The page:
SUPERnegro.com Medical Blog

December 16, 2009

BETTER QUALITY SLEEP TO EASE AND PREVENT BACK TROUBLE: SOME OTHER POINTS TO CONSIDER

Filed under: Pain Relief-Muscle Relaxers — admin @ 12:09 pm

While there is a direct correlation between your sleeping pattern and back pain and sciatica, how well you sleep is also likely to have a major effect on your overall health and stress levels, which in turn may also affect your back problems. Here are some extra facts about sleep that underline the importance of this often-neglected aspect of our lives:

Most of us spend up to a third of each day in bed – that’s about 29,200 hours in bed every ten years.

New research has shown that people who try to cut down on sleep are more prone to infection and irritability. In a recent study of 9,000 British adults, it was found that those who slept between six-and-a-half and eight-and-a-half hours enjoyed much better overall health than those who slept for less.

Lack of sleep can sabotage diets and knock our immune system for six: exhausted people are far more likely to pick up bugs and infections because of the way lack of sleep upsets the normal cycle of chemical and hormone release. When a representative sample of more than 300 adults aged 30 to 60 years were asked about the effect a bad night’s sleep had on them, 79 per cent of people saw a direct link between the way they had slept and how they felt the next day. A staggering 52 per cent said that they regularly experienced tiredness/lethargy, irritability, poor concentration, depression or headaches which they attributed to poor quality sleep.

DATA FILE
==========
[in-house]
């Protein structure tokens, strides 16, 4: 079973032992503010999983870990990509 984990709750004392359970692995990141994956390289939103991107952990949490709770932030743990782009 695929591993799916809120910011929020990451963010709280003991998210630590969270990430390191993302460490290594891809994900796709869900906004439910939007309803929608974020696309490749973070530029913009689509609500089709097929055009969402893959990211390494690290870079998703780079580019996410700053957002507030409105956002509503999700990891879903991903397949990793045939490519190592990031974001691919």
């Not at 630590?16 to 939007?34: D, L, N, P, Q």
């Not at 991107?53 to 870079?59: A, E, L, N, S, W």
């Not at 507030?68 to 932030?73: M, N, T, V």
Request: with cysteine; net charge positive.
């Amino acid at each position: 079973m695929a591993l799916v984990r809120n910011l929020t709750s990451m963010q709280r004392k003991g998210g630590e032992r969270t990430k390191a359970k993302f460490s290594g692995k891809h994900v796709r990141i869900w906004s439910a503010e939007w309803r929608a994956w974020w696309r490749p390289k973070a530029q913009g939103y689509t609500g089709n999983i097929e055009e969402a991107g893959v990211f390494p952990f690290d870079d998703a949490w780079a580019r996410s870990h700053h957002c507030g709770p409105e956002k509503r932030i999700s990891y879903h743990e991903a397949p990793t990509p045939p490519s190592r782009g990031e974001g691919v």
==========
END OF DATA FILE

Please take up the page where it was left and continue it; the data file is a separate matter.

Only 10 per Cent of people stated that they always had a good night’s sleep – these were the people who regularly got more than the average amount of sleep.

How much sleep do we really need? While this will vary greatly from person to person, the average amount of sleep needed each day, according to the Ushborne Book of Body Facts, is 16 to 20 hours for a new-born baby; 13 hours for a two-year-old; 10 to 11 hours for a five-year-old; 9 to 10 hours for a ten-year-old; 7 to 8 hours for an adult; and a mere 5 hours for an eighty-year-old. On the average, people sleep for just 6.7 hours before a working day and 7.1 hours before a day off.

*50/124/2*

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